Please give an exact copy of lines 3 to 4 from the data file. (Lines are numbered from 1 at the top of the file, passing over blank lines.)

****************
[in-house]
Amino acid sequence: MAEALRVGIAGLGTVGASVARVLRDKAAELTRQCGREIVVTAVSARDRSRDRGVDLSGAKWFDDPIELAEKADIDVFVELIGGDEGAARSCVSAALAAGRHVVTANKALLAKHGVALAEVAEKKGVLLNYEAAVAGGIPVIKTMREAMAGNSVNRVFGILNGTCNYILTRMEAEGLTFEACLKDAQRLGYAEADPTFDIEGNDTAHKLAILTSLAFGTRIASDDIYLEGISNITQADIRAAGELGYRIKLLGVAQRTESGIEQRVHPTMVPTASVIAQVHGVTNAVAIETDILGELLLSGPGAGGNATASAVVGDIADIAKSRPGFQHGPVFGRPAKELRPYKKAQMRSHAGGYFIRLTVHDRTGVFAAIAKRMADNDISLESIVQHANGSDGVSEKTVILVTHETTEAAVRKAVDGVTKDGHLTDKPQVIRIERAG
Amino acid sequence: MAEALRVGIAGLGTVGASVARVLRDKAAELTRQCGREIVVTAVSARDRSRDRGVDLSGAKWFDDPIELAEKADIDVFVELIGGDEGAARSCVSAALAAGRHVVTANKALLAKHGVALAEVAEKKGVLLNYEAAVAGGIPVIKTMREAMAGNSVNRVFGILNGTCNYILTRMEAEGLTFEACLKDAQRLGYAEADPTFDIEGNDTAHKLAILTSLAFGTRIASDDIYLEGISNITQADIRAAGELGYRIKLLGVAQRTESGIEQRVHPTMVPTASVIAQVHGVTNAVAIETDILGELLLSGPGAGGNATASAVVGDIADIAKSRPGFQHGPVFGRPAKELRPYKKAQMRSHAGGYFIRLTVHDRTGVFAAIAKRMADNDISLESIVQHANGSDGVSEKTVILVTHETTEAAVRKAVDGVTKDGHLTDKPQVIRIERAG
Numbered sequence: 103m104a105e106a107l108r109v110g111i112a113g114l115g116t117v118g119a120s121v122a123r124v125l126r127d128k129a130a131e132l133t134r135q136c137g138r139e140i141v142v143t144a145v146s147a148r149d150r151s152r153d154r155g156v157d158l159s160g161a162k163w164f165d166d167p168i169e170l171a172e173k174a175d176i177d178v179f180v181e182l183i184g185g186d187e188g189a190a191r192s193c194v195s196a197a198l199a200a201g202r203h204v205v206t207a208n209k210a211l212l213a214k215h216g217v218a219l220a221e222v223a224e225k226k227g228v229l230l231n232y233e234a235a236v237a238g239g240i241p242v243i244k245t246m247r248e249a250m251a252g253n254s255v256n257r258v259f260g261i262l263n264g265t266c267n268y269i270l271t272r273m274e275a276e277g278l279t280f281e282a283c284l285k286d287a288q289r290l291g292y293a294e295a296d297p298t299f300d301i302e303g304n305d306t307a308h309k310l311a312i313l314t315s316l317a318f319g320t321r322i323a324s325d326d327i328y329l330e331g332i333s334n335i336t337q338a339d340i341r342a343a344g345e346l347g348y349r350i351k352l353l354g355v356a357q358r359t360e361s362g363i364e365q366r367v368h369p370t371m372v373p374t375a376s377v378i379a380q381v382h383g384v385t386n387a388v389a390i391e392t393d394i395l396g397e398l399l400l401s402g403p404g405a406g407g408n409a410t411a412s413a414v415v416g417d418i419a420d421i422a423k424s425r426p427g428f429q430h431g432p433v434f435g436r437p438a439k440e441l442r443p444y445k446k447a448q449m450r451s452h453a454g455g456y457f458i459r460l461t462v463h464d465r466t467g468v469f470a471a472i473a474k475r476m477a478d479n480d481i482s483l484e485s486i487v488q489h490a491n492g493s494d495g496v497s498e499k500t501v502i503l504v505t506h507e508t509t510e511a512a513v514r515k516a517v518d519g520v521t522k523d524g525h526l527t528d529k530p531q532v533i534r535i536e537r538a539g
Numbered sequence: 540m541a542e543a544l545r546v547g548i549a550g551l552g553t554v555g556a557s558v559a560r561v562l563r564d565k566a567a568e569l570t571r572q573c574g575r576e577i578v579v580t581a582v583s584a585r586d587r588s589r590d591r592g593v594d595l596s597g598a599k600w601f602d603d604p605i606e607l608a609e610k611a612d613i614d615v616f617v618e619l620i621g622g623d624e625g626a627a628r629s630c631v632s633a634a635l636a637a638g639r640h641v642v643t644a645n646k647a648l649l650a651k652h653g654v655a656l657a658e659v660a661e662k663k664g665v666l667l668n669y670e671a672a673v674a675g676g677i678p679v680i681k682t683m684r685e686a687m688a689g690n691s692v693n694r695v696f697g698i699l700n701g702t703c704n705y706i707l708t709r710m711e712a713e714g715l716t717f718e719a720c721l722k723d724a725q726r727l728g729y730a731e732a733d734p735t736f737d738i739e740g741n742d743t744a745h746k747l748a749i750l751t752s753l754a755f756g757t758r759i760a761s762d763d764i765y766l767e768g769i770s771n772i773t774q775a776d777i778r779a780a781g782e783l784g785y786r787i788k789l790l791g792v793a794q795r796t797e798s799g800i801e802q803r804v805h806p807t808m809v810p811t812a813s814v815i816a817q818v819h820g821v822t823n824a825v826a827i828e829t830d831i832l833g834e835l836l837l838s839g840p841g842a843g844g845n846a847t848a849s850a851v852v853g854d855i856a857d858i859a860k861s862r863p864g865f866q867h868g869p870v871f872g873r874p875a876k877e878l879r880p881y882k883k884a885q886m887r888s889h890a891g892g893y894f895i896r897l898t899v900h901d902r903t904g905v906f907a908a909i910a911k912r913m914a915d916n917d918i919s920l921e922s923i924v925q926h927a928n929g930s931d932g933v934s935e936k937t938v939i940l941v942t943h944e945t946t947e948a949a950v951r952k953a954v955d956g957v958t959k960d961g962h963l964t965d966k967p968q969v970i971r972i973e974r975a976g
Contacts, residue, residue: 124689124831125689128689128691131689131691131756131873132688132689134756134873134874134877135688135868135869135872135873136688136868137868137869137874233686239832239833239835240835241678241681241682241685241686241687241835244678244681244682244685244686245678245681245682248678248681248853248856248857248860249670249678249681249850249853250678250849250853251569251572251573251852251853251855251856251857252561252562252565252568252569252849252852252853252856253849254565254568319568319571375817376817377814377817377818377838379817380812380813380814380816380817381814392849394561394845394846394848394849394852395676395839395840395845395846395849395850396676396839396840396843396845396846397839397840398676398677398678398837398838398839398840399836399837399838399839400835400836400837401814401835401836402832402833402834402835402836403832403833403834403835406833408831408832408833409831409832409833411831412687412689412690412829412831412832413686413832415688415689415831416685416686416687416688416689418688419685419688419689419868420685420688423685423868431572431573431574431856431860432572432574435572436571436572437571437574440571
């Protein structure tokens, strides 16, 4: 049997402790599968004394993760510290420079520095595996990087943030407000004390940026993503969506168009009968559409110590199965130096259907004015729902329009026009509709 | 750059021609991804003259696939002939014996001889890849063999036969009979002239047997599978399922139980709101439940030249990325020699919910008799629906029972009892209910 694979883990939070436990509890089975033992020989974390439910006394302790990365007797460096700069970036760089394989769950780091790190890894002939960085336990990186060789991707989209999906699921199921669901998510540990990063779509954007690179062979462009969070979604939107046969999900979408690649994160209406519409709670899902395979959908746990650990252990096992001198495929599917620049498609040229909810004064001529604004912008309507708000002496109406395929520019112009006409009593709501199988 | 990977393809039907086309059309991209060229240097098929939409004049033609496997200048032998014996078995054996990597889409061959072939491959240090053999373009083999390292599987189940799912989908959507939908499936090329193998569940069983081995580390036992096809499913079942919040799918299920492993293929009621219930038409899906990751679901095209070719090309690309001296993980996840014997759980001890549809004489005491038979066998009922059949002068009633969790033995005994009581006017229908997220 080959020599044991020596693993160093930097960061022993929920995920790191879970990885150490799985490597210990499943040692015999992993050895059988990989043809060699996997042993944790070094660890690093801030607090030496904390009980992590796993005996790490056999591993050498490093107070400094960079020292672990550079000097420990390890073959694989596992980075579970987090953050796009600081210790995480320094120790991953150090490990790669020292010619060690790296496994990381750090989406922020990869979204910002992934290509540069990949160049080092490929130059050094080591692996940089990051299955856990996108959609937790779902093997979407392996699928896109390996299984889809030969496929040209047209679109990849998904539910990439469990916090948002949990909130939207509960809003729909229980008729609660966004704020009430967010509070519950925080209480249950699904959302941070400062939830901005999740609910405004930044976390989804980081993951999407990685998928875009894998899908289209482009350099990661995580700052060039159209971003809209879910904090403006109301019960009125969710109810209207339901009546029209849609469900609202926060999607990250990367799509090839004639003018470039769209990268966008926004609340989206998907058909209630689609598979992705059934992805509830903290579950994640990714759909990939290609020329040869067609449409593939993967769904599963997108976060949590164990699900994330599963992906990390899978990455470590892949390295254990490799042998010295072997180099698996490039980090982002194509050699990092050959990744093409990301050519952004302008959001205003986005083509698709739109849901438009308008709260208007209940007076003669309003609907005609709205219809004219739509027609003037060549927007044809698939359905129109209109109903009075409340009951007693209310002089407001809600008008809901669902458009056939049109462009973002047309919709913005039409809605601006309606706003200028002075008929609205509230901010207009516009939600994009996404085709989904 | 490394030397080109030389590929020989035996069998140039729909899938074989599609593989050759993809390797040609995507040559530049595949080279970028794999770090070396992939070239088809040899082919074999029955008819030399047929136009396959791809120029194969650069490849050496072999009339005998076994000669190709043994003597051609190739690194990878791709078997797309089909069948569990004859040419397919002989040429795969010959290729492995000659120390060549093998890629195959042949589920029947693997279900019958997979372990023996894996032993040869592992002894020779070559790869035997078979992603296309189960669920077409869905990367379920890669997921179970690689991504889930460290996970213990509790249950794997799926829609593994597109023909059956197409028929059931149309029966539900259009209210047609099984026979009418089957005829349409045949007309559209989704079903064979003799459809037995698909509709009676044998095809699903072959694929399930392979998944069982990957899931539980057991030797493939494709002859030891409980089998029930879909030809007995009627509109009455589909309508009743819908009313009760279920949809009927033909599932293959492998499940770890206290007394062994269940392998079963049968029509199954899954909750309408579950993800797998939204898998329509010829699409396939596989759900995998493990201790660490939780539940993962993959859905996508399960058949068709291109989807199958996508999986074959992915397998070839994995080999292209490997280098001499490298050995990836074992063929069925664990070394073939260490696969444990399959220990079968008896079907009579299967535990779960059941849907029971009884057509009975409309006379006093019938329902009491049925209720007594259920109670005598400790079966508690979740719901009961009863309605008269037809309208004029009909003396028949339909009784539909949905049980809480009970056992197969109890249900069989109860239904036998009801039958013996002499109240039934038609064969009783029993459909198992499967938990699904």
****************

Amino acid sequence: MAEALRVGIAGLGTVGASVARVLRDKAAELTRQCGREIVVTAVSARDRSRDRGVDLSGAKWFDDPIELAEKADIDVFVELIGGDEGAARSCVSAALAAGRHVVTANKALLAKHGVALAEVAEKKGVLLNYEAAVAGGIPVIKTMREAMAGNSVNRVFGILNGTCNYILTRMEAEGLTFEACLKDAQRLGYAEADPTFDIEGNDTAHKLAILTSLAFGTRIASDDIYLEGISNITQADIRAAGELGYRIKLLGVAQRTESGIEQRVHPTMVPTASVIAQVHGVTNAVAIETDILGELLLSGPGAGGNATASAVVGDIADIAKSRPGFQHGPVFGRPAKELRPYKKAQMRSHAGGYFIRLTVHDRTGVFAAIAKRMADNDISLESIVQHANGSDGVSEKTVILVTHETTEAAVRKAVDGVTKDGHLTDKPQVIRIERAG
Numbered sequence: 103m104a105e106a107l108r109v110g111i112a113g114l115g116t117v118g119a120s121v122a123r124v125l126r127d128k129a130a131e132l133t134r135q136c137g138r139e140i141v142v143t144a145v146s147a148r149d150r151s152r153d154r155g156v157d158l159s160g161a162k163w164f165d166d167p168i169e170l171a172e173k174a175d176i177d178v179f180v181e182l183i184g185g186d187e188g189a190a191r192s193c194v195s196a197a198l199a200a201g202r203h204v205v206t207a208n209k210a211l212l213a214k215h216g217v218a219l220a221e222v223a224e225k226k227g228v229l230l231n232y233e234a235a236v237a238g239g240i241p242v243i244k245t246m247r248e249a250m251a252g253n254s255v256n257r258v259f260g261i262l263n264g265t266c267n268y269i270l271t272r273m274e275a276e277g278l279t280f281e282a283c284l285k286d287a288q289r290l291g292y293a294e295a296d297p298t299f300d301i302e303g304n305d306t307a308h309k310l311a312i313l314t315s316l317a318f319g320t321r322i323a324s325d326d327i328y329l330e331g332i333s334n335i336t337q338a339d340i341r342a343a344g345e346l347g348y349r350i351k352l353l354g355v356a357q358r359t360e361s362g363i364e365q366r367v368h369p370t371m372v373p374t375a376s377v378i379a380q381v382h383g384v385t386n387a388v389a390i391e392t393d394i395l396g397e398l399l400l401s402g403p404g405a406g407g408n409a410t411a412s413a414v415v416g417d418i419a420d421i422a423k424s425r426p427g428f429q430h431g432p433v434f435g436r437p438a439k440e441l442r443p444y445k446k447a448q449m450r451s452h453a454g455g456y457f458i459r460l461t462v463h464d465r466t467g468v469f470a471a472i473a474k475r476m477a478d479n480d481i482s483l484e485s486i487v488q489h490a491n492g493s494d495g496v497s498e499k500t501v502i503l504v505t506h507e508t509t510e511a512a513v514r515k516a517v518d519g520v521t522k523d524g525h526l527t528d529k530p531q532v533i534r535i536e537r538a539g